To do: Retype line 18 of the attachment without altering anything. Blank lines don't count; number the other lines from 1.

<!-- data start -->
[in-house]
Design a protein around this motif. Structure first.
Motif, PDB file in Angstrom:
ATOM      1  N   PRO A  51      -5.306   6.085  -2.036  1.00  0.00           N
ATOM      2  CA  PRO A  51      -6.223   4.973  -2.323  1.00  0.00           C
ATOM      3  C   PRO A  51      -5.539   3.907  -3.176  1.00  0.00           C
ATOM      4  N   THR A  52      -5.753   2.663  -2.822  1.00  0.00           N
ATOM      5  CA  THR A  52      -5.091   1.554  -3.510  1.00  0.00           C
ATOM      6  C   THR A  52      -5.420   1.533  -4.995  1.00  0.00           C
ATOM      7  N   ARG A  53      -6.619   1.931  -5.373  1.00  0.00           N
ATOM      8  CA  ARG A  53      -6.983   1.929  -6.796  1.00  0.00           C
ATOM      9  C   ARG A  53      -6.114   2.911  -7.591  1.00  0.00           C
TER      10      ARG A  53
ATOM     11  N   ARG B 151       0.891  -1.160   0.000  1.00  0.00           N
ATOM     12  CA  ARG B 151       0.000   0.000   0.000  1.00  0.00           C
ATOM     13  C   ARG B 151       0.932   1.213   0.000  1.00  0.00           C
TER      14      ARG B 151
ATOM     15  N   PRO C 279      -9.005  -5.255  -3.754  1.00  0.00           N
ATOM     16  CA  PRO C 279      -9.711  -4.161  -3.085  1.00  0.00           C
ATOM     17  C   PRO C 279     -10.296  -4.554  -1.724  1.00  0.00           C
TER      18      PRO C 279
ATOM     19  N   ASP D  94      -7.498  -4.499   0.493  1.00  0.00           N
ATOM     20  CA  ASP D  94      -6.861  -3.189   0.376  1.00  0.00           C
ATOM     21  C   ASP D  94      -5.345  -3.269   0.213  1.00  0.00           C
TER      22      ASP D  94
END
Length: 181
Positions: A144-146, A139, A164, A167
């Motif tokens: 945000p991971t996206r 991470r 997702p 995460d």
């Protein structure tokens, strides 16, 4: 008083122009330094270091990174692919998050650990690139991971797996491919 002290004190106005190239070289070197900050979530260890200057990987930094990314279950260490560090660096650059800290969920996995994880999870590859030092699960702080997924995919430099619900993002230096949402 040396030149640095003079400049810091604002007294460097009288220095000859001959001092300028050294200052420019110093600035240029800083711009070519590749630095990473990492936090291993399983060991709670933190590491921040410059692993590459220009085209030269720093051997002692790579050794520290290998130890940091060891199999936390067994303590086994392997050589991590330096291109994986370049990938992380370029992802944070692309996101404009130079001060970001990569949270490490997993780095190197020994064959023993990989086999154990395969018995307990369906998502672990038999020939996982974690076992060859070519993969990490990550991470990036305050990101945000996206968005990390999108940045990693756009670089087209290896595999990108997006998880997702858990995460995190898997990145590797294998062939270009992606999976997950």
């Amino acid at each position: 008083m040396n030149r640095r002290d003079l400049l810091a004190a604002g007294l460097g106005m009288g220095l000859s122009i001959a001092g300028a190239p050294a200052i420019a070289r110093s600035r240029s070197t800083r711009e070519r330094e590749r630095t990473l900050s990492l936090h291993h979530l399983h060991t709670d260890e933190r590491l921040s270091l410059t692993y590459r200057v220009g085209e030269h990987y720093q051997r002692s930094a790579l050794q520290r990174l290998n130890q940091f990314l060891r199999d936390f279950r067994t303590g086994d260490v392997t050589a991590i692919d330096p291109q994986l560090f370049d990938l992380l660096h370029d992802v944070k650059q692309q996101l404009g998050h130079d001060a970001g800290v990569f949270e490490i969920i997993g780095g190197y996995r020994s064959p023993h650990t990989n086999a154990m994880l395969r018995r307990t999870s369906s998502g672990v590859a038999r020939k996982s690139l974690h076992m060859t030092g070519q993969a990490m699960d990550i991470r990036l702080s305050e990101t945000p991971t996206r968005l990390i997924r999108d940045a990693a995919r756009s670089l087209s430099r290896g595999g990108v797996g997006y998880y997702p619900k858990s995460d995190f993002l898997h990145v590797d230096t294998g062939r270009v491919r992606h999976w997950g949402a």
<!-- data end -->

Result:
ATOM     15  N   PRO C 279      -9.005  -5.255  -3.754  1.00  0.00           N